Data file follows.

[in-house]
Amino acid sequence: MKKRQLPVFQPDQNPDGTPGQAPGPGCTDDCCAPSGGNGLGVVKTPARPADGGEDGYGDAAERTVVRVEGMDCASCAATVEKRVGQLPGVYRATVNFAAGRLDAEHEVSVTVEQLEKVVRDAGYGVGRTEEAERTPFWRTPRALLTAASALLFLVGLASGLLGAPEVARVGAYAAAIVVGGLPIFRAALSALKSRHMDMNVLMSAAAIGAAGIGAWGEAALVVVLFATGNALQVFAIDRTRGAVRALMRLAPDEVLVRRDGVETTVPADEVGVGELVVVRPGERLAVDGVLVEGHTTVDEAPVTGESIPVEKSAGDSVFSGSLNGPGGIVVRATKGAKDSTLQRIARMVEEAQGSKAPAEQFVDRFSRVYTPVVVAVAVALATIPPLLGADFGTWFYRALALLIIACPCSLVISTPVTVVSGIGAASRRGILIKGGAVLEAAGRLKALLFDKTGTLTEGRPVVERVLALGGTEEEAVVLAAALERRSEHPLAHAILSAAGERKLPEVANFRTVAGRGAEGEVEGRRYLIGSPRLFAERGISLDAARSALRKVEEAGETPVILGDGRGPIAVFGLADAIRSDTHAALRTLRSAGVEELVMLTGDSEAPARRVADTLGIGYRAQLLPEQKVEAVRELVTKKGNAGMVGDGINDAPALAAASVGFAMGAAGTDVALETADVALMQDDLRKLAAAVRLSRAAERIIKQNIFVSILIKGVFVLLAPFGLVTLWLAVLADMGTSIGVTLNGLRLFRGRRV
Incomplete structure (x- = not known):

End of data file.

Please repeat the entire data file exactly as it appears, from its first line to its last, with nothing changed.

[in-house]
Amino acid sequence: MKKRQLPVFQPDQNPDGTPGQAPGPGCTDDCCAPSGGNGLGVVKTPARPADGGEDGYGDAAERTVVRVEGMDCASCAATVEKRVGQLPGVYRATVNFAAGRLDAEHEVSVTVEQLEKVVRDAGYGVGRTEEAERTPFWRTPRALLTAASALLFLVGLASGLLGAPEVARVGAYAAAIVVGGLPIFRAALSALKSRHMDMNVLMSAAAIGAAGIGAWGEAALVVVLFATGNALQVFAIDRTRGAVRALMRLAPDEVLVRRDGVETTVPADEVGVGELVVVRPGERLAVDGVLVEGHTTVDEAPVTGESIPVEKSAGDSVFSGSLNGPGGIVVRATKGAKDSTLQRIARMVEEAQGSKAPAEQFVDRFSRVYTPVVVAVAVALATIPPLLGADFGTWFYRALALLIIACPCSLVISTPVTVVSGIGAASRRGILIKGGAVLEAAGRLKALLFDKTGTLTEGRPVVERVLALGGTEEEAVVLAAALERRSEHPLAHAILSAAGERKLPEVANFRTVAGRGAEGEVEGRRYLIGSPRLFAERGISLDAARSALRKVEEAGETPVILGDGRGPIAVFGLADAIRSDTHAALRTLRSAGVEELVMLTGDSEAPARRVADTLGIGYRAQLLPEQKVEAVRELVTKKGNAGMVGDGINDAPALAAASVGFAMGAAGTDVALETADVALMQDDLRKLAAAVRLSRAAERIIKQNIFVSILIKGVFVLLAPFGLVTLWLAVLADMGTSIGVTLNGLRLFRGRRV
Incomplete structure (x- = not known):